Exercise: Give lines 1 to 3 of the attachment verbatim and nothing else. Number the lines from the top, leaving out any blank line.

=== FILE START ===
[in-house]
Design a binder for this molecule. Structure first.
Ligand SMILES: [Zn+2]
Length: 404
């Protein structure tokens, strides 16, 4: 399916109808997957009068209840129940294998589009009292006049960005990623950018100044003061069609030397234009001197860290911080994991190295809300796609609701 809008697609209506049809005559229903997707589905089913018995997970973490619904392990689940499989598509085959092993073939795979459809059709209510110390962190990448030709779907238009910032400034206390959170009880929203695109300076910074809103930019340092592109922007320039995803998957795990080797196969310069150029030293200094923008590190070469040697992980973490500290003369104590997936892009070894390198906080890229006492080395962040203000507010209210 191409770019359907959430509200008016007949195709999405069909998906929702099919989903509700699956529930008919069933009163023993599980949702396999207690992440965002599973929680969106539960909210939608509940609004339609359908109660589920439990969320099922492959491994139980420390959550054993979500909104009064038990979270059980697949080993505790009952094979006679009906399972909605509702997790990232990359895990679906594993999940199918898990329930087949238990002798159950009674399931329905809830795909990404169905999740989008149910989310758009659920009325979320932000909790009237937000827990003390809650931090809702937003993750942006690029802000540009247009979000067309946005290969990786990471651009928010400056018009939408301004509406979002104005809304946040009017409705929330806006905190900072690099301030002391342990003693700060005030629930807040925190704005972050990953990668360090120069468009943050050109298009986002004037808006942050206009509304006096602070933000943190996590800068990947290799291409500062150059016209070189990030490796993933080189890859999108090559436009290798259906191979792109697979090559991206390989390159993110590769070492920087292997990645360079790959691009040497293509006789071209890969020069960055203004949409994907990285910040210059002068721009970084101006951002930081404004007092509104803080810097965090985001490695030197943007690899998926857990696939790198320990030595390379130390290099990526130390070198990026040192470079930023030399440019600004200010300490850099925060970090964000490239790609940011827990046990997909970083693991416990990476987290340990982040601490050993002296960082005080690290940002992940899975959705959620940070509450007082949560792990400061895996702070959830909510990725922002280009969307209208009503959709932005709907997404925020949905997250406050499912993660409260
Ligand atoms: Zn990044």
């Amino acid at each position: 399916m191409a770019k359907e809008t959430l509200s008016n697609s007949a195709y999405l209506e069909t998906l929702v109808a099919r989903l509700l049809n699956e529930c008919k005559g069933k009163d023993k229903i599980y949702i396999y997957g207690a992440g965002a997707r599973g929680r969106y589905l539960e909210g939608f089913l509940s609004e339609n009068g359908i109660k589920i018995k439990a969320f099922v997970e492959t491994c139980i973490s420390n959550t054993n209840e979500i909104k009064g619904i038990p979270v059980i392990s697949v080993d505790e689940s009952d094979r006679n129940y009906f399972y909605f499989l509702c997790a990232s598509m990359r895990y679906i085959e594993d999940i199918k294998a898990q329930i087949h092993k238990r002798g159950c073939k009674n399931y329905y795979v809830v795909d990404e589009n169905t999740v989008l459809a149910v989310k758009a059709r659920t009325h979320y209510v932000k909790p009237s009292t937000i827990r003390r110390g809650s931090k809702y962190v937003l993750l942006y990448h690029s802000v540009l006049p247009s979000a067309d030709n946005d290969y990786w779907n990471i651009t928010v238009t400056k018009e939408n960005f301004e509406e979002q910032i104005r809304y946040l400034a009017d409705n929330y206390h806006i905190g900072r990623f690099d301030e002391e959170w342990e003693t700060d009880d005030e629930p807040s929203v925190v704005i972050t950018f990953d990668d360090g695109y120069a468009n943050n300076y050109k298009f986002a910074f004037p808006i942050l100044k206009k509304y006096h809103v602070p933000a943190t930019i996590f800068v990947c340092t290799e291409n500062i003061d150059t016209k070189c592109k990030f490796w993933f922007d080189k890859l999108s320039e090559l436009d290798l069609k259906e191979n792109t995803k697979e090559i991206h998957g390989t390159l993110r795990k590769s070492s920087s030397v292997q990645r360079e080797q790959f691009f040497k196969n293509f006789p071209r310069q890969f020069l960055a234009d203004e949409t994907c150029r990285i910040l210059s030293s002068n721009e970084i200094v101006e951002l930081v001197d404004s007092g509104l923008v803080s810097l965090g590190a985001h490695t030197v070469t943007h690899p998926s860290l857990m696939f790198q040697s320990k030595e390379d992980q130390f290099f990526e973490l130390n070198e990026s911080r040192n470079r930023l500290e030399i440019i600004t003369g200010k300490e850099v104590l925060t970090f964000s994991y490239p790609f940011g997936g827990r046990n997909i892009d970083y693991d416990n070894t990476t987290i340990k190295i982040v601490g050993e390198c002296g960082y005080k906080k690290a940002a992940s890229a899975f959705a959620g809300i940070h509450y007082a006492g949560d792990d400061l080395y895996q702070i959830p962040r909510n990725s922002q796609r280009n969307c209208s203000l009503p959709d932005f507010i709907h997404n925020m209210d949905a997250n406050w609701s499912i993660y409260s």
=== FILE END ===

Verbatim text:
[in-house]
Design a binder for this molecule. Structure first.
Ligand SMILES: [Zn+2]